What is key here is that coaches have previously experienced education systems both in and outside of football that have not encouraged risk and probably to some extent, stifled the creative side of coach thinking and behaviour. I have been largely influenced in my thinking on this area by the educationalist, Ken Robinson who writes and talks about the development of creativity and innovation. Fortunately, coach education has become much more dynamic and provides a curriculum that is more aligned to the football landscape that allows the coach to consider risk and understand the key factors that may influence it. The awareness of both emotional and social intelligence underpins my applied work with coaches specifically when developing innovative and challenging behaviours such as risk. This seems even more important as research has highlighted that people can be misled during experiential thinking when emotion is heightened so competence in coach thinking and behaviour is fundamental when considering risky decisions. In an applied context I challenge coaches to explore alternatives, share their opinions and encourage opposite viewpoints that can lead to innovation and the development of a risk-taking culture. Accepting poor performance when it does occur provides opportunity to learn and coaches through sharing both good and poor performances will see the benefits of modelling risk-taking that may be apparent in other coaches’ behaviour. Educating coaches is vital in understanding risk together with acknowledging the opportunity to demonstrate risk behaviour. Aligned to education is the reward of taking risks for the coach. If one was to look at the behaviourist approach to learning then if we want to encourage risky behaviour in our coaches then we should reward it. Positive reinforcement over time develops a conditioned response such as risk-taking and a culture will evolve that will allow us to be less fearful in the consequences of our coach behaviour and inspire us to become more creative in our decision making capabilities.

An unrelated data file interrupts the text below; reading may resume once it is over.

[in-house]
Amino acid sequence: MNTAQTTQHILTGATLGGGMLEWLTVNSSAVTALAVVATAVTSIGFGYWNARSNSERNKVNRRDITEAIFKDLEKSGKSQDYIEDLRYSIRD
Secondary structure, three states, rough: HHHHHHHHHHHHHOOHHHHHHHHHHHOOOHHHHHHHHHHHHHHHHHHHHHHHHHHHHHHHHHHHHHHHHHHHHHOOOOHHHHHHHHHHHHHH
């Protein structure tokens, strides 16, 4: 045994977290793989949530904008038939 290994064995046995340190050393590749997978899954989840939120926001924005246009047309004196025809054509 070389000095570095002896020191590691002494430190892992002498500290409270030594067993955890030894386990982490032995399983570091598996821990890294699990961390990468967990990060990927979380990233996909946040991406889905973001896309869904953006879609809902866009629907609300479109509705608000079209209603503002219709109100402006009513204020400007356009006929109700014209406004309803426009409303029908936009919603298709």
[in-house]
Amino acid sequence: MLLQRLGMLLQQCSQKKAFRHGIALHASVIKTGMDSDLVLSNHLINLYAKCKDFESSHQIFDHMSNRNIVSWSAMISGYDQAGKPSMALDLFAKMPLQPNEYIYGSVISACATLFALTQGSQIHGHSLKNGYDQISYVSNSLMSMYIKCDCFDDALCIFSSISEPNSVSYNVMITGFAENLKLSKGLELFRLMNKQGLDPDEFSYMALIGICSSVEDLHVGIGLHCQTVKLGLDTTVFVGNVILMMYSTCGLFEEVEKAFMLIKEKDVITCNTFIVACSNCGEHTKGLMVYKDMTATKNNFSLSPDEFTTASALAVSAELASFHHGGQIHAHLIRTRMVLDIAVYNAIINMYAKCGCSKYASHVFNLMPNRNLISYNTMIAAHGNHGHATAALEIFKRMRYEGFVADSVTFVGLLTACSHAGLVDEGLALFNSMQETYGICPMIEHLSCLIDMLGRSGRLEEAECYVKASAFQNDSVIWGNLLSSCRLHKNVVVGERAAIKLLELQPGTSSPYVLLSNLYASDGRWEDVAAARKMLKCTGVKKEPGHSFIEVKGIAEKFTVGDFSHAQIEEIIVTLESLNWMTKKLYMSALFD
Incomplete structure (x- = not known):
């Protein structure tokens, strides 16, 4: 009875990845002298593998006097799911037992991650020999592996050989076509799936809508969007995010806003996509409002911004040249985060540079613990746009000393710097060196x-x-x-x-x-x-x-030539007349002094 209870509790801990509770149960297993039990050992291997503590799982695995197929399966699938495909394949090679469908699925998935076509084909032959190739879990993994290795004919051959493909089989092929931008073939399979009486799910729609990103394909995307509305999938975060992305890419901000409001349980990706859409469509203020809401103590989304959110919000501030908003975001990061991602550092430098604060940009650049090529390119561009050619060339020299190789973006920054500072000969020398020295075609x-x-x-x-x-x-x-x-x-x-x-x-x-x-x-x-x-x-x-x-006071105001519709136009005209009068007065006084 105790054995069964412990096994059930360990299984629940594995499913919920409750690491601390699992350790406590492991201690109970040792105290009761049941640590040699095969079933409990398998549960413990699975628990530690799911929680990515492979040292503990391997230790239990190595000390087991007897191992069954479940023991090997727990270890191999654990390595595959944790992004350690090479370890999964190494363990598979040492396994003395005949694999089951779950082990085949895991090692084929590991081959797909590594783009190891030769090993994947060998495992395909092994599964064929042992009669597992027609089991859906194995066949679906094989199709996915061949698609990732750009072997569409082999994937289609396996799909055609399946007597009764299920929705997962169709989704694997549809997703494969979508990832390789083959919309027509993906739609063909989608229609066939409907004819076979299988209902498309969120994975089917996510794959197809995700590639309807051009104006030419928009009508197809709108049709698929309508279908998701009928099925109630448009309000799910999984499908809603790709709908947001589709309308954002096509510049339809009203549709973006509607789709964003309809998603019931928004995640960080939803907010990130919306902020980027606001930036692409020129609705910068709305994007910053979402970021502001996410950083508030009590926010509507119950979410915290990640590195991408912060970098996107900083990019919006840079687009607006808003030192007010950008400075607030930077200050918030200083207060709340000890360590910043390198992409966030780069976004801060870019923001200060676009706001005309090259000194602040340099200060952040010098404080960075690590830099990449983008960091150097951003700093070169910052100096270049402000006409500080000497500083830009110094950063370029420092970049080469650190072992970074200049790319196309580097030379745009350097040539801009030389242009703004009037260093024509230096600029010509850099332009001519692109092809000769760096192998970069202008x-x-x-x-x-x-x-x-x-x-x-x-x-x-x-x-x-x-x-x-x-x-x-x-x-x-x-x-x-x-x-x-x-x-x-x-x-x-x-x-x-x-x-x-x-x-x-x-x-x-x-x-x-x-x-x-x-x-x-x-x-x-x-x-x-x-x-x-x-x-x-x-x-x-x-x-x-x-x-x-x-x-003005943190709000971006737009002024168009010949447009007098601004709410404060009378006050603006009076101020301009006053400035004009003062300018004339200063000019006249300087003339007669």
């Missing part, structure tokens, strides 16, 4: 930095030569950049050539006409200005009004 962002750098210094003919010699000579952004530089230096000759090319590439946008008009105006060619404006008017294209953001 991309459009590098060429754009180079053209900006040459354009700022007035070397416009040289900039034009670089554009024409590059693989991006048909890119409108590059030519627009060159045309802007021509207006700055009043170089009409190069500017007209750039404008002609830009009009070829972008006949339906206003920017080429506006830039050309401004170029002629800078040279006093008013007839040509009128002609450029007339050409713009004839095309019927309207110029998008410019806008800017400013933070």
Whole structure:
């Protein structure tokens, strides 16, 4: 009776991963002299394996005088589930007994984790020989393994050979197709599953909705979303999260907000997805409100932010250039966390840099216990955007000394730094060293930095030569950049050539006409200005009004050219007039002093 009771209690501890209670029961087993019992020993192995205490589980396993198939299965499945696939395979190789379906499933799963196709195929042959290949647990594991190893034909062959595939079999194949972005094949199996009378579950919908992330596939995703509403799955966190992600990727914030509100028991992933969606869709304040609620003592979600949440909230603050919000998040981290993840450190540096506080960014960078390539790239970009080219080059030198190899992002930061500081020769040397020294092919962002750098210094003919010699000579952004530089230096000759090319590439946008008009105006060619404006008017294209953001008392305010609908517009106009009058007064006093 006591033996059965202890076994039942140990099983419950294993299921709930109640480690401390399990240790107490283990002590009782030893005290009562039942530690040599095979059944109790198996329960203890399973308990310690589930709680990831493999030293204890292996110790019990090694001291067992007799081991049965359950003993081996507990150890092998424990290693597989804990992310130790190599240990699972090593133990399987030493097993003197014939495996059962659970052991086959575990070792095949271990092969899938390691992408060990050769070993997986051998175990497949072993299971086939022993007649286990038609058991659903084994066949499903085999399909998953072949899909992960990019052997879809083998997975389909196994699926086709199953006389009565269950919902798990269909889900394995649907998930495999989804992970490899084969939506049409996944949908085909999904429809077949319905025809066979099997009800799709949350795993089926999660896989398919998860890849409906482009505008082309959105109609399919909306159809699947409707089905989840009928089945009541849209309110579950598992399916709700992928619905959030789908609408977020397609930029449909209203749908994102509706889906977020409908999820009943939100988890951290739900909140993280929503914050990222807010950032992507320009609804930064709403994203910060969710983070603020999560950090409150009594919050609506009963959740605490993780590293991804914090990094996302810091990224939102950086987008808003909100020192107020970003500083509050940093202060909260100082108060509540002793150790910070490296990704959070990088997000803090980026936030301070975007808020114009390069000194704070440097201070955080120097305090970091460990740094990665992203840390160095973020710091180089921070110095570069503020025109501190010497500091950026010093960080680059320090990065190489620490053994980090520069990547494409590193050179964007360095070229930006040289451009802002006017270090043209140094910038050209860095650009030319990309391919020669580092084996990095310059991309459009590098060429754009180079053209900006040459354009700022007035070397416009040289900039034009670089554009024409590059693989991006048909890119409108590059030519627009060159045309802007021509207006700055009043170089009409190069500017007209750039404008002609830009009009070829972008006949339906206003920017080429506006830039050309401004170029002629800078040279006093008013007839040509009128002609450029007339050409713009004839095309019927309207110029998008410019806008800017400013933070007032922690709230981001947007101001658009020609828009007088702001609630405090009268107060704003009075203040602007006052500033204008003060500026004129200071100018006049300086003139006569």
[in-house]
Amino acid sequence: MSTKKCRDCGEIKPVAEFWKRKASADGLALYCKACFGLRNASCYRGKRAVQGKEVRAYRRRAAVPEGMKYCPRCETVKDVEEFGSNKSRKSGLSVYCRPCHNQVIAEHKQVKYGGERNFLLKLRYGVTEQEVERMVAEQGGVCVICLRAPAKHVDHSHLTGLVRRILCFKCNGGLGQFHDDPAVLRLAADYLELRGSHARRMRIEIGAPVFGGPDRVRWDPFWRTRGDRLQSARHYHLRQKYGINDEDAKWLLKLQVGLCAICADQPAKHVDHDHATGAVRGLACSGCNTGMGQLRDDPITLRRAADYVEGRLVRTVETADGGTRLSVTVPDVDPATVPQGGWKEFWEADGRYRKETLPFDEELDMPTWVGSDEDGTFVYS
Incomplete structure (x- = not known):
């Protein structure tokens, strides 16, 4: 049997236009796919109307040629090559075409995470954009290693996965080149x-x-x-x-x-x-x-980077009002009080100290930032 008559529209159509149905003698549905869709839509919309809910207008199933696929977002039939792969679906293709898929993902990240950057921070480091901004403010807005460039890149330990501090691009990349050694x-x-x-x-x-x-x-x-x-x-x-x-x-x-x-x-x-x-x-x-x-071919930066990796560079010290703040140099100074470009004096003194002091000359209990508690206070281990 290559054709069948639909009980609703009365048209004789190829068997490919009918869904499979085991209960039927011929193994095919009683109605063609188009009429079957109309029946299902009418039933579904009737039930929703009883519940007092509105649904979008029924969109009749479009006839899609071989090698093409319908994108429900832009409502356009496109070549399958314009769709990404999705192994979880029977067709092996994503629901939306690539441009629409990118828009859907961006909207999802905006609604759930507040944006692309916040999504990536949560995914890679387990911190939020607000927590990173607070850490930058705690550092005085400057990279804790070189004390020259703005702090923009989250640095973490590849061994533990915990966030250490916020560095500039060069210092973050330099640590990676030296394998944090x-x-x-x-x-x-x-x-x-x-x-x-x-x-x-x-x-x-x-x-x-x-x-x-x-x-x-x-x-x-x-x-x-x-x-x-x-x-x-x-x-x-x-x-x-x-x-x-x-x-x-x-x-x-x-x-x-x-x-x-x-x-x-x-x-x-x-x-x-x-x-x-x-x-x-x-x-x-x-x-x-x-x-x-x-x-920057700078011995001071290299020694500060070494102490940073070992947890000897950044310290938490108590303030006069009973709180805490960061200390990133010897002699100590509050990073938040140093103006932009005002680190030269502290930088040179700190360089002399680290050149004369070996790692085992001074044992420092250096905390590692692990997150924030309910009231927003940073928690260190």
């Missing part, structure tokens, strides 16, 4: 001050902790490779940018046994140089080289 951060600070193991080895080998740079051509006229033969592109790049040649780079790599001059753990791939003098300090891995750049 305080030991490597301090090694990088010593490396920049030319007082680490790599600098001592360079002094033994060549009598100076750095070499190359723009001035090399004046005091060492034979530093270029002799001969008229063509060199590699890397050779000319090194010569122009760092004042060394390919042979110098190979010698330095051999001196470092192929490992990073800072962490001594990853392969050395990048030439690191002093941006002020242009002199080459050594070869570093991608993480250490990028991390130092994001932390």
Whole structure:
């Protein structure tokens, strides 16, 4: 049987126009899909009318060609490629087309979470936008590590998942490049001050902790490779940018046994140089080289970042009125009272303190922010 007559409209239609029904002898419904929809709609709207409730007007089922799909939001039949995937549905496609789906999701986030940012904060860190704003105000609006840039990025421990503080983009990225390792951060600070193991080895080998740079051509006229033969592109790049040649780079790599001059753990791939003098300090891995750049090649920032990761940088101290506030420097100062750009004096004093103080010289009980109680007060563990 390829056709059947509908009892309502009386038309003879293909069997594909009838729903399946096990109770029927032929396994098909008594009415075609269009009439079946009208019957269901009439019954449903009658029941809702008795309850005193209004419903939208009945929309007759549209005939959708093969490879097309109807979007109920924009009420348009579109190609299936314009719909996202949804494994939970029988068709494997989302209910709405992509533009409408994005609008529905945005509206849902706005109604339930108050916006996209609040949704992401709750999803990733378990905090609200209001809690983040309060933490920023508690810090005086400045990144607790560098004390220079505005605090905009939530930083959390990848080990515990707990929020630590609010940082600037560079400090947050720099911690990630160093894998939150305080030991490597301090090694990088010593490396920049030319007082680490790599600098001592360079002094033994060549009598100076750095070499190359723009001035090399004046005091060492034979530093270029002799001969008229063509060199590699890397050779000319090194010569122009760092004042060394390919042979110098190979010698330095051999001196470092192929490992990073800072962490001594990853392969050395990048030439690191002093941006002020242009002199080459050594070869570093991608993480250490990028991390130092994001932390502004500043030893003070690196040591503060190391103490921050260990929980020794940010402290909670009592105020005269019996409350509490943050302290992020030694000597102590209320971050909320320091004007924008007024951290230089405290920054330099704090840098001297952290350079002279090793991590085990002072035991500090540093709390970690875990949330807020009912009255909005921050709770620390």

Ian Mitchell

Twitter: @ianmitch9